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Managing Procurement: Part 3 – Contracting Models and Approaches

May 8, 2023

Contracting arrangements will often form the cornerstone of negotiations between parties, as they seek to ensure that it provides a mutually acceptable risk allocation. As part of this process, parties are required to evaluate the relevant project risks, the appropriate contracting model, and the payment mechanism. Each of these factors will be influenced by various considerations, arising in connection with the project or a party’s specific circumstances.

This article sets out key risk management considerations for parties, as well as the contracting models and payment mechanism which often arise in the Australian construction industry. Through this, the relevant strengths and limitations of each approach will be identified, as well as things for parties to keep in mind.

Downstream and Upstream Risk Management

When dealing with downstream contractors and suppliers, a party must also consider the upstream risks which need to be managed and the potential impact this has on any negotiations.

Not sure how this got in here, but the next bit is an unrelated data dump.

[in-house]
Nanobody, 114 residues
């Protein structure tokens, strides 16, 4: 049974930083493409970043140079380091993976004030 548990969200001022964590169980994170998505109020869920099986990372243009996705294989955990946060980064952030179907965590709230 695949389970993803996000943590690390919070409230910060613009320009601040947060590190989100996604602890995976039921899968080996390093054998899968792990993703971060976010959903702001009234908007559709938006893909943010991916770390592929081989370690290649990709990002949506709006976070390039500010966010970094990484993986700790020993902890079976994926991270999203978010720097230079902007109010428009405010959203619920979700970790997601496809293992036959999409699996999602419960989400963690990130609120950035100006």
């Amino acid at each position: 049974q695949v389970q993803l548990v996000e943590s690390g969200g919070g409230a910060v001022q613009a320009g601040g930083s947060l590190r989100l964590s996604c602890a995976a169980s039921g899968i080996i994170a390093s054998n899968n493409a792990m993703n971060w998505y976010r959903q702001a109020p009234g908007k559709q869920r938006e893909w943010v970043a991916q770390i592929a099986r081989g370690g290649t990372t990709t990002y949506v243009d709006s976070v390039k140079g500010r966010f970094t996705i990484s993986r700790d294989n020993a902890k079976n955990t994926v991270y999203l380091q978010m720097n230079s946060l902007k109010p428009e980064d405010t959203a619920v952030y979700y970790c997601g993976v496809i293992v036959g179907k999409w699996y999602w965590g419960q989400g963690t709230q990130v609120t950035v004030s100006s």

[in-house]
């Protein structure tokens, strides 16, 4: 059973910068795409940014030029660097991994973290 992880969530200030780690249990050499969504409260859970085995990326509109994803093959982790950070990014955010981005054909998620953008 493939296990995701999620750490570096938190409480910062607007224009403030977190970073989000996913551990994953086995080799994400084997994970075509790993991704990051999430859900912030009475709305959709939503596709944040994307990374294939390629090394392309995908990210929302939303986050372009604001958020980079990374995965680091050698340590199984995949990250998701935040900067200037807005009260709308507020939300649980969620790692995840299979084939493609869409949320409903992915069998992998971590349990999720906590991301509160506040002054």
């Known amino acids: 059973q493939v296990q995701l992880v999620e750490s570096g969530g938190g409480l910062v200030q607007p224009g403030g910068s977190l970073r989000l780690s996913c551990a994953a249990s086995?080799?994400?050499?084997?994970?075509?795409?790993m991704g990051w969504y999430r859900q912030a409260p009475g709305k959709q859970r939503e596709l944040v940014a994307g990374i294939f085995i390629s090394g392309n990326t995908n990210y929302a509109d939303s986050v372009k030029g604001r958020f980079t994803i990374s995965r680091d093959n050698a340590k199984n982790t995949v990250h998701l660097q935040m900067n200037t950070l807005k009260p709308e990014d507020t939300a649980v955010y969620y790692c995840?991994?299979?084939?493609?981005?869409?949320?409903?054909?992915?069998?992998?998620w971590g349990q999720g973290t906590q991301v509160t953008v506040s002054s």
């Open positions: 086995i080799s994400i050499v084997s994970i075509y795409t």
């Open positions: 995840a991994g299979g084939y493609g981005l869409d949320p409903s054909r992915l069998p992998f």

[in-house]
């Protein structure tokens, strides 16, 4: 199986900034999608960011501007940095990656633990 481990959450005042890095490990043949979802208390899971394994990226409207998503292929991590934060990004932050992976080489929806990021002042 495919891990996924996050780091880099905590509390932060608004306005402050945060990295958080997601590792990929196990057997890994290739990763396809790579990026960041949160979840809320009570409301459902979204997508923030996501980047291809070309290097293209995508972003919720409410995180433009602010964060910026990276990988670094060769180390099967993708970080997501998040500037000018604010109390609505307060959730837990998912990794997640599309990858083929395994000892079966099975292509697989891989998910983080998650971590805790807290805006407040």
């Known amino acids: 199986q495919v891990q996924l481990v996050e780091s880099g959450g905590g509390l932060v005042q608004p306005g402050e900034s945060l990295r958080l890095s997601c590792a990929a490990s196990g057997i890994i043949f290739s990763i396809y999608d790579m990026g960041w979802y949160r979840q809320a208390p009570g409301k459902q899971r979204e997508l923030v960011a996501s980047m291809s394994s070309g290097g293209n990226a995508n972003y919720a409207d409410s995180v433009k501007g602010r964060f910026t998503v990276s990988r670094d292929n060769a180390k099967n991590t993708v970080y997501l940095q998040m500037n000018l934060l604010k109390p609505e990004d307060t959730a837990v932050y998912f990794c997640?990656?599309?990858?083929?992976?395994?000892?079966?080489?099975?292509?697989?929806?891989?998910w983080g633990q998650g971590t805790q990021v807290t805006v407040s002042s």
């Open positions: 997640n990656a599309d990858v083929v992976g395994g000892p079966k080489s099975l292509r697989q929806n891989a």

Importantly, parties should ensure when contracting downstream, any allowances that has been made reflects an associated entitlement to claim for such upstream. In doing so, a party can avoid the potential mismatch in risk positions which serves to significantly increase a party’s risk exposure.

By completing a comprehensive review of any upstream contract, and the associated project specific risks, a party can seek to mitigate the potential for these issues to arise. Similarly, where parties develop a contract suite specific to a given project or scope of works, it can ensure effective risk management without taking project personnels focus off completing the works.

Contracting Arrangements

The contracting arrangement adopted on any given project will considerably impact the parties’ respective commercial considerations, and associated risk tolerances.